This ensures that what the programmer intends at compile time happens at run time.
 Here is how the previous program is revised using Java generics to ensure type safety
 NOTE: In the following
T
can’t be a primitive type but has to be a reference type i.e. you can use any object except built in data types such asint
,float
etc.
public class Node<T> {
private T val;
private Node<T> next;
// constructor
public Node() {
}
public Node(T v) {
val = v;
next = null;
}
// getters and setters
public void setNext(Node<T> n) {
next = n;
}
public Node<T> getNext() {
return next;
}
public T getValue() {
return val;
}
public static void main(String args[]) {
Node<Integer> n1 = new Node<Integer>(0);
Node<Integer> n2 = new Node<Integer>(200);
Node<Integer> n3 = new Node<Integer>(50);
n1.setNext(n2);
n2.setNext(n3);
n3.setNext(null);
Node<Integer> n = new Node<Integer>();
n = n1;
Double sum = 0.0;
while (n != null) {
System.out.println("The value of the next node is: " + n.getValue());
sum += n.getValue();
n = n.getNext();
}
System.out.println("The sum of the values: " + sum);
}
}
How about adding node values of different types
public class Node<T> {
private T val;
private Node<T> next;
// constructor
public Node() {
}
public Node(T v) {
val = v;
next = null;
}
// getters and setters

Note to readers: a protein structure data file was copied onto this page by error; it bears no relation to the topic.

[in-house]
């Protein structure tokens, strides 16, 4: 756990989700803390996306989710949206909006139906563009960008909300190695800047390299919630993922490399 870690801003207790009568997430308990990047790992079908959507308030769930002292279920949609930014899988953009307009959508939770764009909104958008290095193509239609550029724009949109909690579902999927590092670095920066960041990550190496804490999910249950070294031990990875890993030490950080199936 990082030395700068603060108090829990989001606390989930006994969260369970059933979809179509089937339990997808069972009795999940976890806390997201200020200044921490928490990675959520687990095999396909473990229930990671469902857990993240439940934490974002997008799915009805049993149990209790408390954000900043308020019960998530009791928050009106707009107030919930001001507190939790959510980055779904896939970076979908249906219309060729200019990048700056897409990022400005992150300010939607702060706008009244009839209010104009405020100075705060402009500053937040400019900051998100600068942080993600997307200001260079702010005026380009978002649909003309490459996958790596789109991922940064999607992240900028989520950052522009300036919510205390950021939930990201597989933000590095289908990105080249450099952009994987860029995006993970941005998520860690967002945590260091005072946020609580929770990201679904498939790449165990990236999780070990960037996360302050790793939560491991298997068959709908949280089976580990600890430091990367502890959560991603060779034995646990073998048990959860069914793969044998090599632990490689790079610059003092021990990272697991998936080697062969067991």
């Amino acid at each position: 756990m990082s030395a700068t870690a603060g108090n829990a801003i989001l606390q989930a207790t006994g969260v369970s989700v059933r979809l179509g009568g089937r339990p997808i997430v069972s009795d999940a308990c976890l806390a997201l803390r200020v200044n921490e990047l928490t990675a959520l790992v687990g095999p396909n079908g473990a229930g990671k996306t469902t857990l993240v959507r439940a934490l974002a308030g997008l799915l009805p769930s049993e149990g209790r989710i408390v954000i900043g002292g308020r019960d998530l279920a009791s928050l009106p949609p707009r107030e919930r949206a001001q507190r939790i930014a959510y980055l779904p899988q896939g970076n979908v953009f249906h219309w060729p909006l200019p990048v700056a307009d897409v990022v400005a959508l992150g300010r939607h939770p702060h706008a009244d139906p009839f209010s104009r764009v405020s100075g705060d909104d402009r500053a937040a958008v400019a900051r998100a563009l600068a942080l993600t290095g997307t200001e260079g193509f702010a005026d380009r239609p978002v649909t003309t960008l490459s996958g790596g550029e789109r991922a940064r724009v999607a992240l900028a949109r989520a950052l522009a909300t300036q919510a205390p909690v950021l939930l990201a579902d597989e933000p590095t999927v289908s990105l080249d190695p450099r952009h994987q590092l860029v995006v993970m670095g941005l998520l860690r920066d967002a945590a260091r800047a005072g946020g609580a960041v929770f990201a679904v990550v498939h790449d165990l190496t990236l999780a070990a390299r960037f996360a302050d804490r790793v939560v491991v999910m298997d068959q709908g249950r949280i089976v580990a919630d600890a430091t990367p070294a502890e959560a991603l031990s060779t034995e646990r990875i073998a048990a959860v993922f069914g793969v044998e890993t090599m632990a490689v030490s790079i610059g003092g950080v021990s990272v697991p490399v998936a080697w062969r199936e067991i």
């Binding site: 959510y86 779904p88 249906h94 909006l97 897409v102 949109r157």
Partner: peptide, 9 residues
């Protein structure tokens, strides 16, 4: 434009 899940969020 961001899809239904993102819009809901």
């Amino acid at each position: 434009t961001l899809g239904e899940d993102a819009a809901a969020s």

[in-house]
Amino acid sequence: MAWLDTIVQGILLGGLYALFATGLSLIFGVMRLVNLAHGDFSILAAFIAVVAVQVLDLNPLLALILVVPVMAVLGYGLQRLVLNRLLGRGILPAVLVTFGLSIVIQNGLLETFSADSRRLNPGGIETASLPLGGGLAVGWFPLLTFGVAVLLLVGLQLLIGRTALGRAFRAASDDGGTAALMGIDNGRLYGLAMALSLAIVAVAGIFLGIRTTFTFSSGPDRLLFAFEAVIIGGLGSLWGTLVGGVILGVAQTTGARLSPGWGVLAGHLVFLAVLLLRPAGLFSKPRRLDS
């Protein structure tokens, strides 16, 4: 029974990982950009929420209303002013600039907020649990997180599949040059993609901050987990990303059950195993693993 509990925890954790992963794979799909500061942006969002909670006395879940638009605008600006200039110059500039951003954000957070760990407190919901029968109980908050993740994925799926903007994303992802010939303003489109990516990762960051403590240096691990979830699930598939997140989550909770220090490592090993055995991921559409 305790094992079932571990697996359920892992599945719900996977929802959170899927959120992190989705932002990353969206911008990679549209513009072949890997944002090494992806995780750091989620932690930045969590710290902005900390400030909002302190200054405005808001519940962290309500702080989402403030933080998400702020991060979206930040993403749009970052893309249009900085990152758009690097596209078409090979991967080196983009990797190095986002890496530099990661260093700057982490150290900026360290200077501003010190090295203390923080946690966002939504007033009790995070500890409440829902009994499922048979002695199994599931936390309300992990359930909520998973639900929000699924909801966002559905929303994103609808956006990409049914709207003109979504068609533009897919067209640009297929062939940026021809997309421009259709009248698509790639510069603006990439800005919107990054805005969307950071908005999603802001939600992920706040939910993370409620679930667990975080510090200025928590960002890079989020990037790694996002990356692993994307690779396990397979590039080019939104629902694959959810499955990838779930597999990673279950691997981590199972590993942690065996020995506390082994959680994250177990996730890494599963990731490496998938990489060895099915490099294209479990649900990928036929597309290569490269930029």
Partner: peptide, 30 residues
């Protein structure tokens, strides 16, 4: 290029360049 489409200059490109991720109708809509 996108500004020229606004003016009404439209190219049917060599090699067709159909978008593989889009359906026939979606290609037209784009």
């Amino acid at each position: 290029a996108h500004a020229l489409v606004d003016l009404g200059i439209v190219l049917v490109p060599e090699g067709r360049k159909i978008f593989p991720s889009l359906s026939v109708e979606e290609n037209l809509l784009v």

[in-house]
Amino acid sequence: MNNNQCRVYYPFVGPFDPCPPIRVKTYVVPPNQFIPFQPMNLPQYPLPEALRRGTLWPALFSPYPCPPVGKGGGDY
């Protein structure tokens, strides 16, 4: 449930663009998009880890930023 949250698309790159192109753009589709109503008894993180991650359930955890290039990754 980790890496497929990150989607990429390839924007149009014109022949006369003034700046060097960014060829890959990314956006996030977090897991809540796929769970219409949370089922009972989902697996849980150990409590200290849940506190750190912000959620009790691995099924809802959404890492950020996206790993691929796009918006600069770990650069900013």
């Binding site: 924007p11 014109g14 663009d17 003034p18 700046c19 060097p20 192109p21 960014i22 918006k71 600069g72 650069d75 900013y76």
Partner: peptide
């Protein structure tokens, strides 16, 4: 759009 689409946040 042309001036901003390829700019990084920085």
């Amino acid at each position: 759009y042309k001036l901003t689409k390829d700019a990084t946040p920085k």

public void setNext(Node<T> n) {
next = n;
}
public Node<T> getNext() {
return next;
}
public T getValue() {
return val;
}
public static void main(String args[]) {
Node<String> n1 = new Node<String>("se");
Node<String> n2 = new Node<String>("2");
Node<String> n3 = new Node<String>("8");
Node<String> n4 = new Node<String>("1 ");
n1.setNext(n2);
n2.setNext(n3);
n3.setNext(n4);
n4.setNext(null);
Node<String> n = new Node<String>();
n = n1;
String sum = "";
while (n != null) {
System.out.println("The value of the next node is: " + n.getValue());
sum = sum + n.getValue();
n = n.getNext();
}
System.out.println("The sum of the values: " + sum);
sum = sum + new Node<Object>(n1).getValue();
System.out.println("The next sum of the values: " + sum);
}
}
Bounded Types
public class Node<T extends Number> {
private T val;
private Node<T> next;
// constructor
public Node() {
}
public Node(T v) {
val = v;
next = null;
}
// getters and setters
public void setNext(Node<T> n) {
next = n;
}
public Node<T> getNext() {
return next;
}
public T getValue() {
return val;
}
public static void main(String args[]) {
Node<Integer> n1 = new Node<Integer>(0);
Node<Integer> n2 = new Node<Integer>(200);
Node<Integer> n3 = new Node<Integer>(50);
n1.setNext(n2);
n2.setNext(n3);
n3.setNext(null);
Node<Integer> n = new Node<Integer>();
n = n1;
Double sum = 0.0;